VOICES Notes and news on Jazz Vocals releases
17 JUL 08 ANNE FARNSWORTH
Most people remember Maria Muldaur for her slyly sexy "Midnight At The Oasis," the offbeat 1974 pop hit. But the saucy blues singer's sensibilities were formed by the political and artistic stew of early-'60s era Greenwich Village, where she was born and raised. That legacy of progressive politics married to folk/roots music comes alive in her latest Telarc release, Yes We Can! The Pro-Peace Project.
A collection of socially and politically aware anthems, it features writers Bob Dylan, Allan Toussaint, Marvin Gaye, Garth Brooks and Earl King. With the help of her backup band, The Free Radicals, Motown classics like "War" and Gaye's "Inner City Blues" groove at a slow burn while never losing the funk.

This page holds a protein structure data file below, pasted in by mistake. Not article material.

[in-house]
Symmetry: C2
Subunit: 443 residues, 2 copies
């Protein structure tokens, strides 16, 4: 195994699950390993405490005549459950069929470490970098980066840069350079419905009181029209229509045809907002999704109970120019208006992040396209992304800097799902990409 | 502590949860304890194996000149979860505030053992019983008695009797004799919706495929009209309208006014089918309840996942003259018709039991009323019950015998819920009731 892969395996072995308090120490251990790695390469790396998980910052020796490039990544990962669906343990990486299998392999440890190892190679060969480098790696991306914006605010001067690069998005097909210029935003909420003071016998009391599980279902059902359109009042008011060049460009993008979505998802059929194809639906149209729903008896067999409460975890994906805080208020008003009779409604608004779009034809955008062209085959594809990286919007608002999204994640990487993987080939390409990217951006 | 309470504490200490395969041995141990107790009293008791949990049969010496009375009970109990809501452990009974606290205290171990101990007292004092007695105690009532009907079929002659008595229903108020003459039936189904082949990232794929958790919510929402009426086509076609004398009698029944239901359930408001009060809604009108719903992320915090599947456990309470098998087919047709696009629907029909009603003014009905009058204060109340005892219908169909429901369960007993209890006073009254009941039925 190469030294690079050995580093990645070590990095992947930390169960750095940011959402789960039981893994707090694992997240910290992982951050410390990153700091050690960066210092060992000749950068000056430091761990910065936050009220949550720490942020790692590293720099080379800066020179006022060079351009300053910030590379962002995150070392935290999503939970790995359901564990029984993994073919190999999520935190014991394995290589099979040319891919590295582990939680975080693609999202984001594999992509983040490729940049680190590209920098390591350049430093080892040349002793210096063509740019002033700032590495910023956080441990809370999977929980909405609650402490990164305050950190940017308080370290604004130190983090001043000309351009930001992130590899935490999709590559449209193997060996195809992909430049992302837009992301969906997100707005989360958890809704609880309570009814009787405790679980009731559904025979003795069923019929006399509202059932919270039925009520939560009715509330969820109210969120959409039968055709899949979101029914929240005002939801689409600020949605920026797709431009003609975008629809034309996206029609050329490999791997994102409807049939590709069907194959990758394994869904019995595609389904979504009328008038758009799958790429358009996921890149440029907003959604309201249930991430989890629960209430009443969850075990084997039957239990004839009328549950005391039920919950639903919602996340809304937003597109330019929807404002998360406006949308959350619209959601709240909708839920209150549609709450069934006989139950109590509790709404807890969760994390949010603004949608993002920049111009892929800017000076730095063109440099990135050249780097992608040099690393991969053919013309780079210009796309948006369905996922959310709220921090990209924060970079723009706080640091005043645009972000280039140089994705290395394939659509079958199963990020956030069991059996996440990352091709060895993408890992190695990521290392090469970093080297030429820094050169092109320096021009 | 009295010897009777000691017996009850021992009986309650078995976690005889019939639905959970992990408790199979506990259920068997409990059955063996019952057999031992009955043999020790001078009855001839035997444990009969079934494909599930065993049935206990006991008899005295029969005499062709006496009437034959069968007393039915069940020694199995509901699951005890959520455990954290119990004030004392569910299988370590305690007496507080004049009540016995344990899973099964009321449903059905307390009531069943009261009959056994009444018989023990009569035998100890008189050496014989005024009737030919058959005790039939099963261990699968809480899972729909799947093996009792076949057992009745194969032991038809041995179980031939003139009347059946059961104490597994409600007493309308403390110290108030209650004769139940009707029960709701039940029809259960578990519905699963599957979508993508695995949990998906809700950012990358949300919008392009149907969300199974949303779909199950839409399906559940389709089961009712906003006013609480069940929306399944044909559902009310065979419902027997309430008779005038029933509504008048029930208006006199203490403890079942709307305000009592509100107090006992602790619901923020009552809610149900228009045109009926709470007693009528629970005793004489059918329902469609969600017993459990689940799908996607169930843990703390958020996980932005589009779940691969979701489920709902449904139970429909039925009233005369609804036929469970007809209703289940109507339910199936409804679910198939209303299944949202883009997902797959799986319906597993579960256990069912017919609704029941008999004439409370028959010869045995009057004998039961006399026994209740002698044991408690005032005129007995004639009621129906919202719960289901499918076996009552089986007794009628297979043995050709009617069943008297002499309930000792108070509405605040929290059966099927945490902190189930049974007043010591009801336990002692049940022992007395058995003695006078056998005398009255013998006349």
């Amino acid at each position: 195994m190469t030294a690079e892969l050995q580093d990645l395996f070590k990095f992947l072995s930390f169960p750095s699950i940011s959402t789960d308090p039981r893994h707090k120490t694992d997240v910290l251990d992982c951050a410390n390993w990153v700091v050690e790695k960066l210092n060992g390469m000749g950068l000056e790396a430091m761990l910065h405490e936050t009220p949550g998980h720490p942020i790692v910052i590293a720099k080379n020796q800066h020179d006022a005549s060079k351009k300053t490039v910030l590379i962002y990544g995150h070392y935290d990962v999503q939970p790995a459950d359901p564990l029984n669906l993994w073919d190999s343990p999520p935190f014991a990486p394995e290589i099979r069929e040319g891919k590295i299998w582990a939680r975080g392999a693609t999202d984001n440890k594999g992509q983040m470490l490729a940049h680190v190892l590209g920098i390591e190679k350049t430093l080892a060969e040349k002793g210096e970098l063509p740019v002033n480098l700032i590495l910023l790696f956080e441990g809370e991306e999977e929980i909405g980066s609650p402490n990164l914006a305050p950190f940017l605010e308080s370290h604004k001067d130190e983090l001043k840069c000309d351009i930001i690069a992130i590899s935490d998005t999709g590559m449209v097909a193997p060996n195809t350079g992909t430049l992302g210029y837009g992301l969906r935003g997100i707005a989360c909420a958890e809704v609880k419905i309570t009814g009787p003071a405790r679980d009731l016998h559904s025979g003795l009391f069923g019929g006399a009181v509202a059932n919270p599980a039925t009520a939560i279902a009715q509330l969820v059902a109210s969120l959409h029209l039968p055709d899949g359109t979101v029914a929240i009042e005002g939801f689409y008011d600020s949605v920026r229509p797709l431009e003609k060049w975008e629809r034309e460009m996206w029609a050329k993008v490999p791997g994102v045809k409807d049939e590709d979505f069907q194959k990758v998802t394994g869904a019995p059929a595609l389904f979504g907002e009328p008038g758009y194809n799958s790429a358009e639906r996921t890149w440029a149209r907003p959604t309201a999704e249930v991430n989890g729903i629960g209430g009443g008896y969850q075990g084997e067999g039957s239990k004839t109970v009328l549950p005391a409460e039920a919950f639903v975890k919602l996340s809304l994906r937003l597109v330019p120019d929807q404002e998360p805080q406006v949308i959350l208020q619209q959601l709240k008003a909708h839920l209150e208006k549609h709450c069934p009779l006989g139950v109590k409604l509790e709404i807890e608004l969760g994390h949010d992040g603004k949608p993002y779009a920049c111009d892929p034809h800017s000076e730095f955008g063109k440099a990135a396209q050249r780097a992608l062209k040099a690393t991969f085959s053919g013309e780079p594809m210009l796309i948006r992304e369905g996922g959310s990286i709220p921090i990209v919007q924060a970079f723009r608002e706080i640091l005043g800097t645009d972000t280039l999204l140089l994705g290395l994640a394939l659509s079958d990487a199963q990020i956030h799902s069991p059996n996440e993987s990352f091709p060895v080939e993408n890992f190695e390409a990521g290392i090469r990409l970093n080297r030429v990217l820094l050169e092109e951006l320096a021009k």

The material alone makes this album important, for we find ourselves mired in the same economic and political problems experienced during the Viet Nam era. But Muldaur goes one better by tapping women who are boldface names in the annals of political roots music. Joan Baez, Odetta, Bonnie Raitt and Phoebe Snow join her and each other on these songs. It's thrilling to hear their road-hardened yet still vibrant voices preaching the anti-war gospel again. Even Jane Fonda and Amma, the "hugging saint," are part of this remarkable assemblage. Muldaur also formed a choir, The Women's Voices for Peace, which fills the spaces with a joyful noise, lifting the material with an optimistic note.
The Crone archetype comes to mind as one listens to this music. Although commonly depicted as a post-menopausal hag, the crone is actually the wisewoman, the matriarch and leader who counsels society, warning when we are straying from the path. Determined and fearless, Muldaur and her associates are role models for younger women and guiding lights for us all.